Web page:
They look almost like Monopoly money. But to the people who use Double Up Food Bucks, the vegetable-adorned dollar bills are worth a great deal. They allow low-income shoppers to receive up to $20 per day in produce, effectively for free.
The Food Bucks are the product of a program facilitated by Nourish Colorado, a statewide nonprofit that works to address food insecurity and inequity in access to healthy foods through community building with local farms and ranches.
According to Feeding America, 1 in 12 Coloradans faces hunger. A single individual using the Supplemental Nutrition Assistance Program, sometimes informally known as “food stamps,” could receive up to $281. By comparison, the average monthly price of food in Colorado for an individual is $327.
Food Bucks can simultaneously allow shoppers to better leverage the buying power of their dollar, consume healthier food and support local businesses and agriculture.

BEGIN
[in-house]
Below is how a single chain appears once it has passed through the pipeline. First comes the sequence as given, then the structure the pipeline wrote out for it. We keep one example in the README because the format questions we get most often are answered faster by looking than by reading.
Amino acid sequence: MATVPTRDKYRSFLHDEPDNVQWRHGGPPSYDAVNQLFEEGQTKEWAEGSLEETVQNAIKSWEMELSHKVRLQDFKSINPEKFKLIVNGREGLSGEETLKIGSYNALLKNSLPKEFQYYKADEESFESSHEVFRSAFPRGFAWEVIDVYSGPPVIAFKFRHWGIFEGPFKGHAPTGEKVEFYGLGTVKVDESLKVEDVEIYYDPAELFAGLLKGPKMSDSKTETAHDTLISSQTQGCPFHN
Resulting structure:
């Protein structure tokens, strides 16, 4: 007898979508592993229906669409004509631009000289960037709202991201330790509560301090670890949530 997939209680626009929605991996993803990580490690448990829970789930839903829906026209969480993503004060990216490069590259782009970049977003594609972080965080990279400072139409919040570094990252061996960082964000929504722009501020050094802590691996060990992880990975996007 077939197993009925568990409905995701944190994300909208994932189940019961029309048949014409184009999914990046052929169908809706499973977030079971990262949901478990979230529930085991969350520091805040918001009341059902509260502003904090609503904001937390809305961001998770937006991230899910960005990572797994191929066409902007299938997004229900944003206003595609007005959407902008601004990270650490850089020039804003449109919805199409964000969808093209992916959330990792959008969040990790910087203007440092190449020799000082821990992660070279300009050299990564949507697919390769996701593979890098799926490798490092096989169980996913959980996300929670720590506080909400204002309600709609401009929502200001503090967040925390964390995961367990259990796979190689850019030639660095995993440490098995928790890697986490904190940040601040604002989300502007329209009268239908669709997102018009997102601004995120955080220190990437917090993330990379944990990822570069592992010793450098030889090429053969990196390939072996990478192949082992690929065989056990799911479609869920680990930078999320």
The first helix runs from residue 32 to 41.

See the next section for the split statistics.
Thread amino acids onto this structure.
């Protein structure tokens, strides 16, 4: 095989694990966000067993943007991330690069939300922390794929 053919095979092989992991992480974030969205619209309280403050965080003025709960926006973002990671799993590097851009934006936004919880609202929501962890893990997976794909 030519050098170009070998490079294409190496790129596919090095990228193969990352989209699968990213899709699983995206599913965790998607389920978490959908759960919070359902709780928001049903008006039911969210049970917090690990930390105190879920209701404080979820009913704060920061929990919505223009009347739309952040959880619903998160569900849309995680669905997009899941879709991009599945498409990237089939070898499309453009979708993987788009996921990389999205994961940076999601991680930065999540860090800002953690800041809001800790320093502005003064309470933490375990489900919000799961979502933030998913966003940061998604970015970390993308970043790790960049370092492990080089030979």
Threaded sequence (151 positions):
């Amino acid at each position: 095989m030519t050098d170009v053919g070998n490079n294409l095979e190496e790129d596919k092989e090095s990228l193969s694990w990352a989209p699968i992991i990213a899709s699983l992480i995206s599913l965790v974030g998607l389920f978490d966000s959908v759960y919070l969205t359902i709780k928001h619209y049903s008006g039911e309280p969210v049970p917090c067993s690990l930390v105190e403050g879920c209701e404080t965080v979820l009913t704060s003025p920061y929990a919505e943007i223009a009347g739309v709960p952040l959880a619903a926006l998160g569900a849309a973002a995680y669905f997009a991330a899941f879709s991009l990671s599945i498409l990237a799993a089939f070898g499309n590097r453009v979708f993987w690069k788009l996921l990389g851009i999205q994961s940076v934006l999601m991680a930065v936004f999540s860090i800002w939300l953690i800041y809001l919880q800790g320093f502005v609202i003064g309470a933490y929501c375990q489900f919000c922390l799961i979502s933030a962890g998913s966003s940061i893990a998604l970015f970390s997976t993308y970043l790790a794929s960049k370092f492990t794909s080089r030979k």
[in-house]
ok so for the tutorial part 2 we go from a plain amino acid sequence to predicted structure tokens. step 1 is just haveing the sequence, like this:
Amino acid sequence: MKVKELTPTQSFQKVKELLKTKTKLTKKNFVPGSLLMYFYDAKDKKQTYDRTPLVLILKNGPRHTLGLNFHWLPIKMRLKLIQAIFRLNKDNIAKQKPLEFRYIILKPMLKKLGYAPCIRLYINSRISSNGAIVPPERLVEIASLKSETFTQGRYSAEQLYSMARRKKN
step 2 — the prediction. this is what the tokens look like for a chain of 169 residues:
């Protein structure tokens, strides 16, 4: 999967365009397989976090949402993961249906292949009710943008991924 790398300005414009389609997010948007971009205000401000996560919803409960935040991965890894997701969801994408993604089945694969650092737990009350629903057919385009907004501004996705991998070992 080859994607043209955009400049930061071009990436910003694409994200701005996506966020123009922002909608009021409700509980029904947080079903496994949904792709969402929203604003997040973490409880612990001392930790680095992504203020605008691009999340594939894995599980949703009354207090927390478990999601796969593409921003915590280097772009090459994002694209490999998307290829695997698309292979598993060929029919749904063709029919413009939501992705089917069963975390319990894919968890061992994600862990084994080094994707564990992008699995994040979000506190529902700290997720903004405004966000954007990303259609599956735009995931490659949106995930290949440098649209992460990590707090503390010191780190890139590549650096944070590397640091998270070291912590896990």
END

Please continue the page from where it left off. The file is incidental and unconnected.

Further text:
On the consumer end, the mechanism is simple. Anyone who participates in SNAP is eligible to receive Food Bucks when shopping at a qualifying location. When SNAP recipients spend their allotment, they receive matching Food Bucks. Each day, they can receive up to $20 in Food Bucks.
For example, when Jenny Mason arrives at the checkout counter at the Durango Natural Foods Co-op, she completes two transactions. First, she pays for her non-produce groceries using her electronic benefits transfer card, for which she receives a few dollars in Food Bucks. Then, the cashier rings up her produce – a bunch of bananas, some potatoes and three lemons – which she pays for using Double Up Food Bucks she just received as well as some she has stashed in her wallet from a previous purchase.
Some people use their food bucks as soon as they receive them. Others stockpile the bills for a later date.
“I have a whole huge stack of them,” said Matt Bell, who declined his Food Bucks on this particular day because he had so many. “I probably have $250.”
The bills can only be acquired and redeemed at qualifying locations. Of the 94 in the state, two are in Durango: Durango Natural Food Co-op and the Durango Farmers Market.